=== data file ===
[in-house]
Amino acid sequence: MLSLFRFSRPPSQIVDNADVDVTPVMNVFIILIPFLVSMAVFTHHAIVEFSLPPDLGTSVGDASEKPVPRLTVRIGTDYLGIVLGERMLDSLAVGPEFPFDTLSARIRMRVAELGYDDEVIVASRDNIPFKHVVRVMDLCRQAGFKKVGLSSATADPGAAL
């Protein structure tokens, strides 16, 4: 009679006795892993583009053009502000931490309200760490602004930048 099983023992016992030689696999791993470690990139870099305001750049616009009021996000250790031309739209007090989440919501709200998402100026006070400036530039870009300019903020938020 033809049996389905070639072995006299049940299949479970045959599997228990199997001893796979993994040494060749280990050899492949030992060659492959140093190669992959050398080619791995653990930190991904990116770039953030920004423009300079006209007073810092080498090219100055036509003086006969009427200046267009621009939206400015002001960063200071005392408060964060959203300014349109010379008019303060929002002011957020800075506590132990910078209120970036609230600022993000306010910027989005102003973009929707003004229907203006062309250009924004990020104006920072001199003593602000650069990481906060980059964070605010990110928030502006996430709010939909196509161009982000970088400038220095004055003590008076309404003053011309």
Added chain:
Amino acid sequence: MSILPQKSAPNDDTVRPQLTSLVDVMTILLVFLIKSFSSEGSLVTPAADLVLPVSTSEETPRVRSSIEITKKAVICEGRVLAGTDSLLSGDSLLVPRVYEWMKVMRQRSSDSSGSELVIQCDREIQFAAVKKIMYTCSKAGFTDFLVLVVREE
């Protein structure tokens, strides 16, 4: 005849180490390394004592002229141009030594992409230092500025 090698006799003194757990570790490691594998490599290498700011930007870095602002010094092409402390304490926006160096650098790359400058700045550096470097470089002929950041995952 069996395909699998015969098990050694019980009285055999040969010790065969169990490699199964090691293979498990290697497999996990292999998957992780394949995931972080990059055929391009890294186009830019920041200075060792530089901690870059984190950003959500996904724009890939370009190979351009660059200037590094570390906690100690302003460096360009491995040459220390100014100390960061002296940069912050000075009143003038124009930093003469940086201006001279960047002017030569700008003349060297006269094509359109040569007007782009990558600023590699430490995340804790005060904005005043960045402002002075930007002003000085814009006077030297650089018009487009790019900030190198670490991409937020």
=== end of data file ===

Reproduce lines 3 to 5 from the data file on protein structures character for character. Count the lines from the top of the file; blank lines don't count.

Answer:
């Protein structure tokens, strides 16, 4: 009679006795892993583009053009502000931490309200760490602004930048 099983023992016992030689696999791993470690990139870099305001750049616009009021996000250790031309739209007090989440919501709200998402100026006070400036530039870009300019903020938020 033809049996389905070639072995006299049940299949479970045959599997228990199997001893796979993994040494060749280990050899492949030992060659492959140093190669992959050398080619791995653990930190991904990116770039953030920004423009300079006209007073810092080498090219100055036509003086006969009427200046267009621009939206400015002001960063200071005392408060964060959203300014349109010379008019303060929002002011957020800075506590132990910078209120970036609230600022993000306010910027989005102003973009929707003004229907203006062309250009924004990020104006920072001199003593602000650069990481906060980059964070605010990110928030502006996430709010939909196509161009982000970088400038220095004055003590008076309404003053011309």
Added chain:
Amino acid sequence: MSILPQKSAPNDDTVRPQLTSLVDVMTILLVFLIKSFSSEGSLVTPAADLVLPVSTSEETPRVRSSIEITKKAVICEGRVLAGTDSLLSGDSLLVPRVYEWMKVMRQRSSDSSGSELVIQCDREIQFAAVKKIMYTCSKAGFTDFLVLVVREE